A cocktail of resveratrol and leucine can help you lose weight faster. Nutritionists at the University of Tennessee write in Nutrition and Metabolism that this combination boosts fat and glucose burning in cells. A combination of resveratrol and HMB works just as well.
The amino acid leucine and its metabolite HMB not only stimulate the production of muscle fibre, they also reduce fat mass. This is probably because both compounds enhance the activity of the enzyme Sirt1. [Am J Physiol Endocrinol Metab. 2012 Nov 15; 303(10): E1234-44.] [FASEB Journal. 2012; 26:251.6.]
Sirt1 is an enzyme in the nuclei that enables cells to repair themselves. It also activates anti-cancer genes like p53. The more active Sirt1 is, the less room for manoeuvre free radicals have.
Sirt1 has a little brother, Sirt3, which is present outside the cell nuclei, in the cytoplasm. Sirt1 and Sirt3 play a key role in energy metabolism. They are involved in the production of mitochondria, which enable cells to burn glucose and fatty acids, thus generating more energy. Sirt1 becomes more active the less energy you consume, but also if you consume substances like resveratrol.
The effect of leucine on Sirt1/3 is limited. And in complex organisms the effect of resveratrol is also limited. The researchers wondered whether a combination of the two compounds would have a mutually strengthening effect.
The researchers did experiments with mice that had been fattened for 6 weeks first. The animals were then given food for another six weeks, which had been enriched with nothing [the control group], resveratrol, leucine, HMB or combinations of these.
At the end of the experiment the animals in a resveratrol-leucine group had 35 less fat that the mice in the control group, as you can see in this table. The mice that had only been given resveratrol – albeit a high dose – had only 8 percent less fat than the mice in the control group.
Below you can see how the combination of leucine/HMB and resveratrol boosted the burning of fatty acids in the mice’s cells. The second and third figures below show how the combination led to an increase of Sirt1 and Sirt3 respectively in the muscle cells.
Exposure to leucine and resveratrol boosted the activity of the enzyme AMPK in the mouse cells, as you can see in the figure above.
In the animals that had been given both leucine/HMB and resveratrol, the insulin level went down and the muscle cells’ glucose uptake increased. [Table]
At the end of the supplementation period the researchers gave their lab animals labelled palmitate [a fatty acid] and a labelled glucose analogue. In the photos below you can see that the mice’s tissues absorbed more fatty acids and glucose as a result of the HMB/resveratrol combination.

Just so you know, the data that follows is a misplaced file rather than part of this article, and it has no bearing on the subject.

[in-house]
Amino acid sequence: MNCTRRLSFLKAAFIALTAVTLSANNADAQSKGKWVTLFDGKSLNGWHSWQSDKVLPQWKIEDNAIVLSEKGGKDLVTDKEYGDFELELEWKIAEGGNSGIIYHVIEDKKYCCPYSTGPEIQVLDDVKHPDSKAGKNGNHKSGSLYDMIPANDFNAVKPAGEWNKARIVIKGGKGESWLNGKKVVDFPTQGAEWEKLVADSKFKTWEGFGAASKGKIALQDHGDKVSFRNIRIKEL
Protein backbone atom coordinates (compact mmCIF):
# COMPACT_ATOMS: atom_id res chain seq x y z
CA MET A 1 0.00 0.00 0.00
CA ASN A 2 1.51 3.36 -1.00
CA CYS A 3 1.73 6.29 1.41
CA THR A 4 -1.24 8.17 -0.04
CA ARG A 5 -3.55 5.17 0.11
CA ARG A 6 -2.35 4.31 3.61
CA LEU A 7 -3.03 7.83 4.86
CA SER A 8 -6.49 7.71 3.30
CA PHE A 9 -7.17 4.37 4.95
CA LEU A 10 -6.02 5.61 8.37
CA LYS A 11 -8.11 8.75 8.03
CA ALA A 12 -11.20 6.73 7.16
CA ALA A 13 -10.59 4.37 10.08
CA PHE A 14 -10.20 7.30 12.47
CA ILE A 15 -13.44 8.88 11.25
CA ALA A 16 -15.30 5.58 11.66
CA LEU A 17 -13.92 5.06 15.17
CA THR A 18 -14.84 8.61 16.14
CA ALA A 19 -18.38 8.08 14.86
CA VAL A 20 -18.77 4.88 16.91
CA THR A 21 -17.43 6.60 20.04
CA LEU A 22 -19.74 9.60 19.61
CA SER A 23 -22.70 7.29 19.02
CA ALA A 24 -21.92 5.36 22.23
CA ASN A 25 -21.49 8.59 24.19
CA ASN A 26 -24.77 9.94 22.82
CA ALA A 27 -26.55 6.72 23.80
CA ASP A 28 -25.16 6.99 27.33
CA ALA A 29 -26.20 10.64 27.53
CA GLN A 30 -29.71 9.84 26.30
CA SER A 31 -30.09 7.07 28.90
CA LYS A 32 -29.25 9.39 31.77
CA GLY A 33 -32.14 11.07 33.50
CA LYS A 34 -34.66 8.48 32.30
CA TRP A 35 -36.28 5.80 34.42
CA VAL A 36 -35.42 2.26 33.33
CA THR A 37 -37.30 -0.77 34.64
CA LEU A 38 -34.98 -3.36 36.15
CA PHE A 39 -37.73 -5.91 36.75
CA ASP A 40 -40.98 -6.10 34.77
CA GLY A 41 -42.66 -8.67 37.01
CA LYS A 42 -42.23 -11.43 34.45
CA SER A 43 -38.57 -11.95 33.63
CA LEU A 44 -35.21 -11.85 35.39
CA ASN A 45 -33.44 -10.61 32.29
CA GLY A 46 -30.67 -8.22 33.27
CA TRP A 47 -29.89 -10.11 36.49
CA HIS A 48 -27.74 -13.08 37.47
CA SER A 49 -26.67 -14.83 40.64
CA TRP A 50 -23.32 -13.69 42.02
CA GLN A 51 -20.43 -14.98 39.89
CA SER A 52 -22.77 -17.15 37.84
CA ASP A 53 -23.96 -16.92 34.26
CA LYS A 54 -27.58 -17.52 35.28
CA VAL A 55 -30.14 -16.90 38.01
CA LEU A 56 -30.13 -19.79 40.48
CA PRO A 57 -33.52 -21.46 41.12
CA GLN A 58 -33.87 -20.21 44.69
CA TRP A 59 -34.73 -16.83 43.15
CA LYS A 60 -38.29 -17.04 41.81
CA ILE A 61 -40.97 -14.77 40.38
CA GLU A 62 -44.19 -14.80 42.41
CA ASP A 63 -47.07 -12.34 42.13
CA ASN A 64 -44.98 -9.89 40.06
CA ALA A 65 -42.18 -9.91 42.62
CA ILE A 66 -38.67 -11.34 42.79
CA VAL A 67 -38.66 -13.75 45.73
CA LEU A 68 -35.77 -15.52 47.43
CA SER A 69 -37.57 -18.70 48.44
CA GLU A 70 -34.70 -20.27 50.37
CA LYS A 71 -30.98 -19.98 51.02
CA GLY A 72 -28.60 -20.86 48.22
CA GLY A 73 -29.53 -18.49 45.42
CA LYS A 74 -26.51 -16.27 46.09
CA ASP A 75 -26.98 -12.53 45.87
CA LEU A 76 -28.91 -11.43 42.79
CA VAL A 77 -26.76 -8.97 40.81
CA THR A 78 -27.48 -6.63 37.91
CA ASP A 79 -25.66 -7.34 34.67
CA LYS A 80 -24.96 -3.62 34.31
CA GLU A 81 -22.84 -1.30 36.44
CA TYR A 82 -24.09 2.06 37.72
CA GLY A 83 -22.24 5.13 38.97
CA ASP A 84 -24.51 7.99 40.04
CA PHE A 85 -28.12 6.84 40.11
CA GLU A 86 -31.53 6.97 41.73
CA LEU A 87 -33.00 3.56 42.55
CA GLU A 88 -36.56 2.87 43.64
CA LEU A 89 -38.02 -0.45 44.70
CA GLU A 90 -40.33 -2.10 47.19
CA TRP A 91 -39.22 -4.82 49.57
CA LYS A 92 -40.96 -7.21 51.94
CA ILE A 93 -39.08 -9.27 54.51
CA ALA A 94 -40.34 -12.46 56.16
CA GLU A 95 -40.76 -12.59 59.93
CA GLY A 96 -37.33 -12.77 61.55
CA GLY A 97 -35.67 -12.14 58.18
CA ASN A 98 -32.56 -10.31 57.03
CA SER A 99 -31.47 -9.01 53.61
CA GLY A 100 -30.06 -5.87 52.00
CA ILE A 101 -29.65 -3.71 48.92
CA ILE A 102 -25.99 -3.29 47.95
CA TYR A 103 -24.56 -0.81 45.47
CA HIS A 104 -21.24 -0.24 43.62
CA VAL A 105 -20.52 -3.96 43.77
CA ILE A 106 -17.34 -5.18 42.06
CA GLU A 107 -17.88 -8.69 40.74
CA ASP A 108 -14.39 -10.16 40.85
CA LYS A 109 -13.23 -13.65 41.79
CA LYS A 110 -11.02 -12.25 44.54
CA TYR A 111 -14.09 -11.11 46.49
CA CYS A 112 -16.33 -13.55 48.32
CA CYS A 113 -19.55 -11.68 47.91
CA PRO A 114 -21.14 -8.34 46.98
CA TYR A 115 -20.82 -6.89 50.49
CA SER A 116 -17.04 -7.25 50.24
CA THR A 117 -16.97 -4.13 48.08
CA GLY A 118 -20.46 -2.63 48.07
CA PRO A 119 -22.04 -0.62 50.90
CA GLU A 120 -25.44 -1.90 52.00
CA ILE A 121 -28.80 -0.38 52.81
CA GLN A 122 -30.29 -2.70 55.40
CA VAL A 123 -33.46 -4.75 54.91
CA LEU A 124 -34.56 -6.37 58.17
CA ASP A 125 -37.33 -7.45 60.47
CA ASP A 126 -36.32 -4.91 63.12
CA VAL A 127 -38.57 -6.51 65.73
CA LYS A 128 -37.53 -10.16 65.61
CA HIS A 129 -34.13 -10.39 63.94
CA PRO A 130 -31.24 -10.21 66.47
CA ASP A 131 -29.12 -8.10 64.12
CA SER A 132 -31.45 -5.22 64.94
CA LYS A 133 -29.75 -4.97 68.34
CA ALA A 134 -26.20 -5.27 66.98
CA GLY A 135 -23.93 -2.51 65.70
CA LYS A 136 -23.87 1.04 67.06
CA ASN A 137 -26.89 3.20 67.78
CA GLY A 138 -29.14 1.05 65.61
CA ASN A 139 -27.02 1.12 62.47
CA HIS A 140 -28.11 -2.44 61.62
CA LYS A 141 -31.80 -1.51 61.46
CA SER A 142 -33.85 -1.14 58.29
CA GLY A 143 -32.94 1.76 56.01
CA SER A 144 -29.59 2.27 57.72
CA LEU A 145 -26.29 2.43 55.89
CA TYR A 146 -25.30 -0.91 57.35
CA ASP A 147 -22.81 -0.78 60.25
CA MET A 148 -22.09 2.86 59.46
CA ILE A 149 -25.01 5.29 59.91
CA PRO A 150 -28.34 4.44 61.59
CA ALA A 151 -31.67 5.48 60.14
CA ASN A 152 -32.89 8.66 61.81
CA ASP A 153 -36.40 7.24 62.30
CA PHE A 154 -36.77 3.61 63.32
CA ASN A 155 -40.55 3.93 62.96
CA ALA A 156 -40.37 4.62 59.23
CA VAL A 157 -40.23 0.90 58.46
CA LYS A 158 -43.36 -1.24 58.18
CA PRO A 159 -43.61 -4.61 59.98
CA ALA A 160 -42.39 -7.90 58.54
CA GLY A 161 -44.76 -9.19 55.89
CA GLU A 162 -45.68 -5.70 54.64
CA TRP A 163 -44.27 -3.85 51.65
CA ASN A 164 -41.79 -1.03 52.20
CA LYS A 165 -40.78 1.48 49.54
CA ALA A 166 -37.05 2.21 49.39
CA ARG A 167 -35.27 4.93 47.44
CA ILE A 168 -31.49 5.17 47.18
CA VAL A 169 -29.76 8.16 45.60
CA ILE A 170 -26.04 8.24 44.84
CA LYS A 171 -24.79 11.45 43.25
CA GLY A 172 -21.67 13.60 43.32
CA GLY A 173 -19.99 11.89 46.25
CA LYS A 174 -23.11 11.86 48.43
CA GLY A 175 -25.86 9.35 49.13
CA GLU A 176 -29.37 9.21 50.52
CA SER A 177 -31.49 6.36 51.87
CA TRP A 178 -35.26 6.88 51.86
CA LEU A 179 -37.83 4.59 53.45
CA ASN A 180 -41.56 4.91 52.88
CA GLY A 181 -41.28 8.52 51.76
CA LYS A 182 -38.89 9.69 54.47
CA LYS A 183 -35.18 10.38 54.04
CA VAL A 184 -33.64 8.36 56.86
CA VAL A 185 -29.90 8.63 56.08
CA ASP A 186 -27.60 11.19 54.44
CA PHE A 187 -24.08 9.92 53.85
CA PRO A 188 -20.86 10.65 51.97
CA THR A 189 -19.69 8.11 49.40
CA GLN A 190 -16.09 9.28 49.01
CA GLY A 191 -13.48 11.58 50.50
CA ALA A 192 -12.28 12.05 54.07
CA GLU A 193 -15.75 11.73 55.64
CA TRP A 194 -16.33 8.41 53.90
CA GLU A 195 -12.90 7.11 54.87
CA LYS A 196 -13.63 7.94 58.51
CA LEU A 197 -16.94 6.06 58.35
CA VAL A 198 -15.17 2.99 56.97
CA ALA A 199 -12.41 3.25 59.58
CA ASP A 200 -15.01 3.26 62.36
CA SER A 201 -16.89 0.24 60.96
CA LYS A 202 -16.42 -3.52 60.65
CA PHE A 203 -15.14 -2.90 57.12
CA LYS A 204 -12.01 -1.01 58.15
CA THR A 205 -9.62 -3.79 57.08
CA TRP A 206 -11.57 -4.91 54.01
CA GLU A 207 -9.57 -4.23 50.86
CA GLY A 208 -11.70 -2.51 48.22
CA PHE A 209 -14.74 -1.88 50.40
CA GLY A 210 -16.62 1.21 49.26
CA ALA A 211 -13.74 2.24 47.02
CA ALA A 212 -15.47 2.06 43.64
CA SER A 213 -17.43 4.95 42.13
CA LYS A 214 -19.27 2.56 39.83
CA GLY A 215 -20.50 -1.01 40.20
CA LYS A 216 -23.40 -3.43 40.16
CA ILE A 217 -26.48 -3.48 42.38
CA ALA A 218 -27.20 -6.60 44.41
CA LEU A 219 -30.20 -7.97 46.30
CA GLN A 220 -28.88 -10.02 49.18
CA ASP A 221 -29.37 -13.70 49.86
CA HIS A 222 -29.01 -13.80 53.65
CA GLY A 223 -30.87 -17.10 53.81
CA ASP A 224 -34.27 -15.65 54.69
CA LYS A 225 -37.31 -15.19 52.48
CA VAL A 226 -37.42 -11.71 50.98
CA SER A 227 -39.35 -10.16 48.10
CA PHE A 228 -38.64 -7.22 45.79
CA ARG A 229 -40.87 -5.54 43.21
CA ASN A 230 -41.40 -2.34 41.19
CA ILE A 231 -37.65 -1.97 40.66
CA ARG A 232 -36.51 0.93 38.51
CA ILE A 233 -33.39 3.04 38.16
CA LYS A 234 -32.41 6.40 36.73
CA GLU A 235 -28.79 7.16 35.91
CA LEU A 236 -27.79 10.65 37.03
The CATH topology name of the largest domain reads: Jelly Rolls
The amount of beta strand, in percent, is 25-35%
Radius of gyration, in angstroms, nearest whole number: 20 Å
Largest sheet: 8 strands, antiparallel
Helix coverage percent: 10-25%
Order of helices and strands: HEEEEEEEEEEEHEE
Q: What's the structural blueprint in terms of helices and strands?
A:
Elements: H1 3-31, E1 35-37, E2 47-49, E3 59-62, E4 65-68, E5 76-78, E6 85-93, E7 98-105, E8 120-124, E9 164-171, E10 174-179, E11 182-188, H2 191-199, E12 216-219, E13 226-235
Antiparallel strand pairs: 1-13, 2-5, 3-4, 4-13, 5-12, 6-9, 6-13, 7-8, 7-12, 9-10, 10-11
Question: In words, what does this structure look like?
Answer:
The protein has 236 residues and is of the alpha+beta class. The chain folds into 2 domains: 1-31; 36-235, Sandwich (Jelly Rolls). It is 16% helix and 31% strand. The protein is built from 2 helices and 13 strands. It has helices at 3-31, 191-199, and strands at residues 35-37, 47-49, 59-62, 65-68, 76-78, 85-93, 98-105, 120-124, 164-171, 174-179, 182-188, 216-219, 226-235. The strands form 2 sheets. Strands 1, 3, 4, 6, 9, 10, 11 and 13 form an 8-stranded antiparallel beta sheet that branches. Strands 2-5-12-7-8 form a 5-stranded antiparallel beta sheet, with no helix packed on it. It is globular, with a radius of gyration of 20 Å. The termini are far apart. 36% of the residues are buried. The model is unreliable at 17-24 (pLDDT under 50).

Converting the doses used to human equivalents you arrive for the ‘low’ resveratrol groups at a couple of dozen milligrams resveratrol per day. The leucine dose used converts to a couple of dozen grams per day. The human equivalent of the quantity of HMB used in the ‘low’ HMB groups amounts to several grams per day.
Synergistic effects of leucine and resveratrol on insulin sensitivity and fat metabolism in adipocytes and mice.
Bruckbauer A, Zemel MB, Thorpe T, Akula MR, Stuckey AC, Osborne D, Martin EB, Kennel S, Wall JS.
NuSirt Sciences Inc, 11020 Solway School Rd, Knoxville, TN, 37931, USA. firstname.lastname@example.org.
Sirtuins are important regulators of glucose and fat metabolism, and sirtuin activation has been proposed as a therapeutic target for insulin resistance and diabetes. We have shown leucine to increase mitochondrial biogenesis and fat oxidation via Sirt1 dependent pathways. Resveratrol is a widely recognized activator of Sirt; however, the biologically-effective high concentrations used in cell and animal studies are generally impractical or difficult to achieve in humans. Accordingly, we sought to determine whether leucine would exhibit synergy with low levels of resveratrol on sirtuin-dependent outcomes in adipocytes and in diet-induced obese (DIO) mice.
3T3-L1 mouse adipocytes were treated with Leucine (0.5 mM), ?-hydroxy-?-methyl butyrate (HMB) (5 ?M) or Resveratrol (200 nM) alone or in combination. In addition, diet-induced obese mice were treated for 6-weeks with low (2 g/kg diet) or high (10 g/kg diet) dose HMB, Leucine (24 g/kg diet; 200% of normal level) or low (12.5 mg/kg diet) or high (225 mg/kg diet) dose resveratrol, alone or as combination with leucine-resveratrol or HMB-resveratrol.
Fatty acid oxidation, AMPK, Sirt1 and Sirt3 activity in 3T3-L1 adipocytes and in muscle cells, were significantly increased by the combinations compared to the individual treatments. Similarly, 6-week feeding of low-dose resveratrol combined with either leucine or its metabolite HMB to DIO mice increased adipose Sirt1 activity, muscle glucose and palmitate uptake (measured via PET/CT), insulin sensitivity (HOMAIR), improved inflammatory stress biomarkers (CRP, IL-6, MCP-1, adiponectin) and reduced adiposity comparable to the effects of high dose resveratrol, while low-dose resveratrol exerted no independent effect.
These data demonstrate that either leucine or its metabolite HMB may be combined with a low concentration of resveratrol to exert synergistic effects on Sirt1-dependent outcomes; this may result in more practical dosing of resveratrol in the management of obesity, insulin-resistance and diabetes.
PMID: 22913271 [PubMed] PMCID: PMC3506499